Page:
Poloz is hinting that rate hikes are coming and thats pushing the Canadian dollar up a bit:
The Canadian dollar climbed to a four-month high of 76.44 cents US after Poloz’s comments, which fed speculation about a rate increase as early as its next scheduled announcement in two weeks. The boost lifted the loonie from an average price of 75.83 cents US on Tuesday.
If the central bank increases its key rate, the big Canadian banks are expected to raise their prime rates, driving up the cost of variable rate mortgages, other loans and lines of credit tied to the benchmark rate.
Poloz credited the two rate cuts introduced by the bank in 2015 for helping the economy counteract the effects of the oil-price slump, which began in late 2014. The reductions also helped increase the speed of the adjustment, Poloz added.
“It does look as though those cuts have done their job,” said Poloz, who was in Portugal on Wednesday to participate in a forum hosted by the European Central Bank.
“But we’re just approaching a new interest rate decision so I don’t want to prejudge. But certainly we need to be at least considering that whole situation now that the capacity, excess capacity, is being used up steadily.”
Read the full article over at the Financial Post.
Southseacompany pointed out this article where Bank of Canada governor Stephen Poloz is reported to have said that low interest rates have done their job.
So what exactly was the job of low interest rates?
Three years ago the BOC was issuing warnings that real estate in Canada was as much as 30% overvalued in some markets and posed a threat to the financial system.
How’s that concern looking these days ?
Home Capital isn’t the only lender that’s worried about liquidity, southseacompany points out that EQ Bank has secured a 2 billion line of credit from the big banks “just in case”.
“The crisis at mortgage lender Home Capital is putting pressure on other Canadian lenders, who have seen their share prices drop, and — in some cases — depositors withdrawing their money.”
“That’s been the case with Equitable Bank, known online as EQ Bank, which on Wednesday announced it had secured a $2-billion line of credit, just in case, from Canada’s “big six” banks.”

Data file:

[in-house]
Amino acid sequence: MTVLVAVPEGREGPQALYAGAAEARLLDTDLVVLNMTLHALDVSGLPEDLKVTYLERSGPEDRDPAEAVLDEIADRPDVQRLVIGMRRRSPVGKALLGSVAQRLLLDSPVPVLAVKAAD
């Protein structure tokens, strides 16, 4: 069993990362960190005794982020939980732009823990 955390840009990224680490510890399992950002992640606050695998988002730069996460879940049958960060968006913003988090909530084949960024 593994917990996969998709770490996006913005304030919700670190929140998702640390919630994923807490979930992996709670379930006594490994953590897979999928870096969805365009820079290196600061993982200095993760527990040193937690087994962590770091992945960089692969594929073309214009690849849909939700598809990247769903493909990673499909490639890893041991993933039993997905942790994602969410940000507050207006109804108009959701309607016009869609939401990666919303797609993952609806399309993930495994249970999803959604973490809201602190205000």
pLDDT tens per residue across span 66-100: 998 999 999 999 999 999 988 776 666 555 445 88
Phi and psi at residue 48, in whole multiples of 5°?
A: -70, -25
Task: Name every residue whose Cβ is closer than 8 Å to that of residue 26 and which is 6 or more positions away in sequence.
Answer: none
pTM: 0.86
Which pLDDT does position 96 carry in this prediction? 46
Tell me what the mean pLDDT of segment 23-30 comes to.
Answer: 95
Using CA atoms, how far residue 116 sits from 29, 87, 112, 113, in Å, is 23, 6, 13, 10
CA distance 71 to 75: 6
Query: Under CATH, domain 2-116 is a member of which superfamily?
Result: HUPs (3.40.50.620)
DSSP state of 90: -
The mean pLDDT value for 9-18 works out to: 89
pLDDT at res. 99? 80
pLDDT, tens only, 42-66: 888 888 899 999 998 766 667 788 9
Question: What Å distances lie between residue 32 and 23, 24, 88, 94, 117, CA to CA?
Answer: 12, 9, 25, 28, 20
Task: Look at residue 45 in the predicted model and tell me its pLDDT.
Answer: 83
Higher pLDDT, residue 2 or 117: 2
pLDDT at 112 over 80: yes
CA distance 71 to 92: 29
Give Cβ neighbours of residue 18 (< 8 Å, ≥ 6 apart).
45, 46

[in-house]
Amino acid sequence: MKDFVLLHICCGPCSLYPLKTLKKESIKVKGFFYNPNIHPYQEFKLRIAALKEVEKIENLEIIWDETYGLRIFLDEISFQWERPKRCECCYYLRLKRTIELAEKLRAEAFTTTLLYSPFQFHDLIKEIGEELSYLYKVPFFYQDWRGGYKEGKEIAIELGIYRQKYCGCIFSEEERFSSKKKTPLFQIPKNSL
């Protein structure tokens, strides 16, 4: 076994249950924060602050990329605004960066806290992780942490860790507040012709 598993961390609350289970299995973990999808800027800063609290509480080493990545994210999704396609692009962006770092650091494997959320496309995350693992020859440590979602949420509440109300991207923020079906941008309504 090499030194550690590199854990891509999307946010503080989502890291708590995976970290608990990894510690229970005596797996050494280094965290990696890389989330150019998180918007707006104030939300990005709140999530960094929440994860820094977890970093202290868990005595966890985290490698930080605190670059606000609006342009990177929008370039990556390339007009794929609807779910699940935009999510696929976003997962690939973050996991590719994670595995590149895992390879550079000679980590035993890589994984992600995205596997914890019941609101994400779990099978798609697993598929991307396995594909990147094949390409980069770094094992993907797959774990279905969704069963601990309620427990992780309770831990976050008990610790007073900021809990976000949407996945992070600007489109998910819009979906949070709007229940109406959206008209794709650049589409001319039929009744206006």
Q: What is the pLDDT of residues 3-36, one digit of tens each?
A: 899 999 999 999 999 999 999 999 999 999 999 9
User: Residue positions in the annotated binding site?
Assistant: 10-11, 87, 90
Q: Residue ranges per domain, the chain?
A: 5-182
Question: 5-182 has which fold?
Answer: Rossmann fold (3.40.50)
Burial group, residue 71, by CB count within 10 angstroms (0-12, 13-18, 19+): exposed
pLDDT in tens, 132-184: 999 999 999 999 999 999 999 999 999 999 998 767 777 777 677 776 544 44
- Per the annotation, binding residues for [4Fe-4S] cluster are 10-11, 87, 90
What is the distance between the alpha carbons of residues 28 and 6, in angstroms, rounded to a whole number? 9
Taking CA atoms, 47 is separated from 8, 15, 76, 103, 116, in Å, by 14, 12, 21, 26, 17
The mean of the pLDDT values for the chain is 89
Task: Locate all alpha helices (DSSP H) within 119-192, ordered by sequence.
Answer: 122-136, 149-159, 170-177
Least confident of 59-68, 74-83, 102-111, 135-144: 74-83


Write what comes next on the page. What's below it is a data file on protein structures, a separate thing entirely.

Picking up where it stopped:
Read the full article here.
You’d think that lending out money for real estate in Canada would be a no-lose deal, but Home Capital Groups shares collapsed 41% at open today:
The embattled lender announced early Wednesday Home Trust has a non-binding agreement in principle with an unnamed institutional investor for a $2-billion line of credit to be secured against mortgages. The agreement is expected to be finalized later in the day. Home Trust will have to pay the investor $100 million to tap the line of credit and interest will be charged at 10 per cent on outstanding balances.
Read the full article at BNN.
Canadians love debt that gets sunk into ever rising property prices and banks and other lenders have been happy to provide. As long as rates only go down this is a pretty good situation, but what if rates were to go the other way one day?
Financial companies have been more-than-willing lenders. But there are several reasons why Canadians have been such enthusiastic borrowers.
Last week, new figures showed that consumer lending now totals more than $2 trillion, a new record. As we reported last week, for every dollar of Canadians’ disposable income, they owe almost $1.67.
From the point of view of Canadians, money has never been so cheap. But the rising cost of housing, especially in the country’s biggest cities, has also drawn people into taking on more debt.
… Continue reading Debt addicts face painful withdrawal